Swiss voters look set to reject a proposal to subsidize farmers who let the horns on their cows and goats grow rather than removing them, Swiss broadcaster SRF said yesterday. The initiative to preserve "the dignity of livestock" was led by farmer Armin Capaul, who has sparked a national debate on animal rights following a campaign which began nine years ago after he "listened" to his herd. Preliminary results after the polls closed showed 53 percent against with 47 percent in favor, SRF reported.
Three-quarters of Swiss cows, a national symbol and tourist attraction, are dehorned or genetically hornless. Calves are dehorned with a red-hot iron which causes smoke and a burning odor in a procedure critics say causes pain.
The government had opposed the motion, which would have enshrined subsidies into the constitution, but agricultural workers were split, with even the Swiss farmers' union refraining from giving a recommendation to its 52,000 members.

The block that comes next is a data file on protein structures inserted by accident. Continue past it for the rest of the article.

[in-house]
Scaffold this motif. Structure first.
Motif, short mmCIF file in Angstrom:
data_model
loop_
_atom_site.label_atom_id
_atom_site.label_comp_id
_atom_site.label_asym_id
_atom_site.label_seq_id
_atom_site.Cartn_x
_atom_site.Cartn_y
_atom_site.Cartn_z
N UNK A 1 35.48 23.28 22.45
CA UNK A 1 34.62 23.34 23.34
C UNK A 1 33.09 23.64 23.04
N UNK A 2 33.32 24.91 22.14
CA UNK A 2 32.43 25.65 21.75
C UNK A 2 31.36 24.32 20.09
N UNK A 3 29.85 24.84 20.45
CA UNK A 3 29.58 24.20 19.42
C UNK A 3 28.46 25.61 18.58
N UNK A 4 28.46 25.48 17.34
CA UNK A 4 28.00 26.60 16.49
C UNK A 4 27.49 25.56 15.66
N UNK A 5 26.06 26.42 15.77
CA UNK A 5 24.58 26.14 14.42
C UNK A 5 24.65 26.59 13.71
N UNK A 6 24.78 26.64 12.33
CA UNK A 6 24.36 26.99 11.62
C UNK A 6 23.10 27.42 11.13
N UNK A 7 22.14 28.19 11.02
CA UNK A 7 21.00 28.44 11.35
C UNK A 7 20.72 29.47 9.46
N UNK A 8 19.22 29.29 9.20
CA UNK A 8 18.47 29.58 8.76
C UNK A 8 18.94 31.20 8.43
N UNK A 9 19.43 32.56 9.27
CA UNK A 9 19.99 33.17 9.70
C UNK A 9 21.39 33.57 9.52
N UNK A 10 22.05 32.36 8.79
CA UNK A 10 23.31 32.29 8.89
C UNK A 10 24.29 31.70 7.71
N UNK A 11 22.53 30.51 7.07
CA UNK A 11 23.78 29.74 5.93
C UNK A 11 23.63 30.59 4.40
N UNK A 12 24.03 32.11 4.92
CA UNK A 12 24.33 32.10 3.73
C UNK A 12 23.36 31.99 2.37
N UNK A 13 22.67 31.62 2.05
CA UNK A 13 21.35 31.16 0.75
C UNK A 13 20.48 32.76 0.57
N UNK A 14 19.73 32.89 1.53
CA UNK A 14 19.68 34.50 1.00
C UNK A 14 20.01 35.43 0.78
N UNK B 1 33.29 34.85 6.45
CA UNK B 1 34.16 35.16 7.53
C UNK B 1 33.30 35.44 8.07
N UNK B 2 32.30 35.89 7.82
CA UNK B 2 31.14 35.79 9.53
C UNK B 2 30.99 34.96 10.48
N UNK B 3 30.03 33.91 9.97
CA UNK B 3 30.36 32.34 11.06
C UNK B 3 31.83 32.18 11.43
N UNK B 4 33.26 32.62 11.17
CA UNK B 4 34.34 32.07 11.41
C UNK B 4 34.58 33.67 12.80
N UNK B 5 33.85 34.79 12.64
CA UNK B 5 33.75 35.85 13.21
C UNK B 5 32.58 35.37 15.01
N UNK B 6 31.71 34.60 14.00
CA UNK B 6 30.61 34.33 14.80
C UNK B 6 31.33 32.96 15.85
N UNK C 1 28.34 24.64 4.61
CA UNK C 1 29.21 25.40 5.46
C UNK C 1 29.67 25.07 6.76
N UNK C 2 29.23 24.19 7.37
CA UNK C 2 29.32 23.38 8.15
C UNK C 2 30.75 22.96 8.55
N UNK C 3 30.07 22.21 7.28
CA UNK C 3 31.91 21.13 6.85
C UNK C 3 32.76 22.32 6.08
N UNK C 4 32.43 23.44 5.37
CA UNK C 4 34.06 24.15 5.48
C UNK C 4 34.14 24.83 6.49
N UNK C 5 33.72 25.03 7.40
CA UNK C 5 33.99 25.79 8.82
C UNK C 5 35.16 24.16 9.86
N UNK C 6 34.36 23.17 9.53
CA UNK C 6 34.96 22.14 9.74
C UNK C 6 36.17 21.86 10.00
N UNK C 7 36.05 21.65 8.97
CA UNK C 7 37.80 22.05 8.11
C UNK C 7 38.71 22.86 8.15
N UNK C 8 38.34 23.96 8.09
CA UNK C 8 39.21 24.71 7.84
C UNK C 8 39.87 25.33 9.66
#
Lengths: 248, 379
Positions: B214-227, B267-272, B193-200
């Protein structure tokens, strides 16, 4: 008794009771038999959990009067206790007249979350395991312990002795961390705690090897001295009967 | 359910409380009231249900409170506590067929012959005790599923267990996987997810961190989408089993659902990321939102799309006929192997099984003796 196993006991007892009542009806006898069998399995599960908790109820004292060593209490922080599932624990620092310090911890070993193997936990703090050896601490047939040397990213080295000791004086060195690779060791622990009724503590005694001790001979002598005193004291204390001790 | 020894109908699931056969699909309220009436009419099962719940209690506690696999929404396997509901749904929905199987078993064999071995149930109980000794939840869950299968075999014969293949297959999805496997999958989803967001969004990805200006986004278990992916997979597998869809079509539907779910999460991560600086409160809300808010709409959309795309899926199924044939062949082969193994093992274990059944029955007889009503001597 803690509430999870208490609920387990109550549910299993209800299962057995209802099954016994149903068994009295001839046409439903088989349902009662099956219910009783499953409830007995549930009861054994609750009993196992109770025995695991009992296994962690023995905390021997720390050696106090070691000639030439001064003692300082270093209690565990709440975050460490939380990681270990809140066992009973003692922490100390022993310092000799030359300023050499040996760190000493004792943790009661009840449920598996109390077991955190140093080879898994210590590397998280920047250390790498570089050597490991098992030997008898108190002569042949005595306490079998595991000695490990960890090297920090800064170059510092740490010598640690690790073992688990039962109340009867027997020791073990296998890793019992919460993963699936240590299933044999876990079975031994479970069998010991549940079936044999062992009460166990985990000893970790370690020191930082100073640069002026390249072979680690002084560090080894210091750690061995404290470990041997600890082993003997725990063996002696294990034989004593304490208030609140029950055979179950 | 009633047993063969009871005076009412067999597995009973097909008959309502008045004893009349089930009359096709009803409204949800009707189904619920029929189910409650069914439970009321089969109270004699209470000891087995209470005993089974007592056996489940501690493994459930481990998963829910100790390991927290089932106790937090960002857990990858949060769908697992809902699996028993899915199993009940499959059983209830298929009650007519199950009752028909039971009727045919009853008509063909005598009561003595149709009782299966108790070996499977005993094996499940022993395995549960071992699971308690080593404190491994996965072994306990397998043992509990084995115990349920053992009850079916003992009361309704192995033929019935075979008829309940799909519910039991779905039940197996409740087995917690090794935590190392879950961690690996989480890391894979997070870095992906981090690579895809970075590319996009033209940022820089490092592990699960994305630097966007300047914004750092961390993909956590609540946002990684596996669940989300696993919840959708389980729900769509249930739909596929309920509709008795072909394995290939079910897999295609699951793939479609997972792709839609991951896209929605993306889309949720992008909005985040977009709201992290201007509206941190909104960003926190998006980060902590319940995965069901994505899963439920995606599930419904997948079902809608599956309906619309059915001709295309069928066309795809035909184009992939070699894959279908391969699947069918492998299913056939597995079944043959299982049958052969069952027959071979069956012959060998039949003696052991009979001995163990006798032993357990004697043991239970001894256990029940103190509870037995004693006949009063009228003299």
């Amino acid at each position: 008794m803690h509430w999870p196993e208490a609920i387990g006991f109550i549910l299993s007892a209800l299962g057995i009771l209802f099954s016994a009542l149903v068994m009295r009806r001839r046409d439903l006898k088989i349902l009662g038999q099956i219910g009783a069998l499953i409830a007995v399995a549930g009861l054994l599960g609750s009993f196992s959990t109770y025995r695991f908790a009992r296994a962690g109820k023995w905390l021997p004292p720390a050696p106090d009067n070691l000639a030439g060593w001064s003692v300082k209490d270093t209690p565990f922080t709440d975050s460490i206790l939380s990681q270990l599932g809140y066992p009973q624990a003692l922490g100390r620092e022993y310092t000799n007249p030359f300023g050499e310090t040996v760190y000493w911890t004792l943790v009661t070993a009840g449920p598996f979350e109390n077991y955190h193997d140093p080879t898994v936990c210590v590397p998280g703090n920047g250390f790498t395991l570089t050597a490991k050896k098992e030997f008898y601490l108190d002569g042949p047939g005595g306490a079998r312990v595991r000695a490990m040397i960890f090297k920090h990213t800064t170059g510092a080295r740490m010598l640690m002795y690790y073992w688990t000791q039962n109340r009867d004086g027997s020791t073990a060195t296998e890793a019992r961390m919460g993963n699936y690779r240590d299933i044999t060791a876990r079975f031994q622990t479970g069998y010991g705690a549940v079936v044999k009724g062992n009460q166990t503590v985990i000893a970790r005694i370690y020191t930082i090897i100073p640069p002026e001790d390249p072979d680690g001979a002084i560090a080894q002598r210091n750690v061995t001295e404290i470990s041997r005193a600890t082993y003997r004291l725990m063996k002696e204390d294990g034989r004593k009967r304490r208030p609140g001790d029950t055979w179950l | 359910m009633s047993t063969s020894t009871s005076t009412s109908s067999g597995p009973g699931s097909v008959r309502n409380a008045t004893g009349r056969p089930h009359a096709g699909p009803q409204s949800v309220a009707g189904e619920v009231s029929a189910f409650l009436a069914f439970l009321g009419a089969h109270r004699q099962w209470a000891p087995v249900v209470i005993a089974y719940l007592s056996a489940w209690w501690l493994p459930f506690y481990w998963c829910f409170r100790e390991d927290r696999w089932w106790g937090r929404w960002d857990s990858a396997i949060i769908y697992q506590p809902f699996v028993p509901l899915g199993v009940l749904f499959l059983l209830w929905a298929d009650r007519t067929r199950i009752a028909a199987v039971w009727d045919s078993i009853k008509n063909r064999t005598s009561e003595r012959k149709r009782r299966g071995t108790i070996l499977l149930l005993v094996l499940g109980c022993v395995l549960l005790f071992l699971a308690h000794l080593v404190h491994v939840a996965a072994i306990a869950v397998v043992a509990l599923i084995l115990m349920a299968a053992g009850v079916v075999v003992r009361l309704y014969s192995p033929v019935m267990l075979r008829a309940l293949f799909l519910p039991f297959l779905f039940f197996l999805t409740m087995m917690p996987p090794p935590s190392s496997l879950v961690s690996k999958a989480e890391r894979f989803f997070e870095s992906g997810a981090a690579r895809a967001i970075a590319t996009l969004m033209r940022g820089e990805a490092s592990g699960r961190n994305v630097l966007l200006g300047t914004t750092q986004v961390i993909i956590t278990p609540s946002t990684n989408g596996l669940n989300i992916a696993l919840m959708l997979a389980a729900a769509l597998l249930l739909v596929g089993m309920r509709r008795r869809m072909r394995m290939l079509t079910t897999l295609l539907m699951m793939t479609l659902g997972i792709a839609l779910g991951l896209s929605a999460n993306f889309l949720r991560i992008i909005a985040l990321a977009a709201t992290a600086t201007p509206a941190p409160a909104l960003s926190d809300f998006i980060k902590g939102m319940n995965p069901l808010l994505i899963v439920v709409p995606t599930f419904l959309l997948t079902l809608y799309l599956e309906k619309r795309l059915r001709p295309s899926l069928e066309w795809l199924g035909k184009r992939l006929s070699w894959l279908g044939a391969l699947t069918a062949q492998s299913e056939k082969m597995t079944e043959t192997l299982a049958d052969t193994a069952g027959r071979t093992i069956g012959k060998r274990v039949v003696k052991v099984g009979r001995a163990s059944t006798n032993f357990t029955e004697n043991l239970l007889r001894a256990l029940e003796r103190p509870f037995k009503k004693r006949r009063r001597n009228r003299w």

The other referendum issues involve ensuring Switzerland's constitution precedence over international treaties, and whether to allow insurance providers to secretly monitor people suspected of insurance fraud. Early projections suggest Swiss voters rejected a proposal to give the country's laws clear priority over international law, a move that opponents claim would damage the neutral country's global standing. Some 67 percent of voters in a national referendum voted against the "Swiss law, not foreign judges" measure, according to SRF.
The right-wing People's Party (SVP) was behind the Self-Determination Initiative that seeks to ensure that the constitution trumps existing and future international treaties signed by Switzerland. The SVP charges that politicians have failed to implement previous constitutional referendums on curbing migration and expelling criminal migrants by hiding behind Switzerland's pacts with the EU and the European Convention on Human Rights.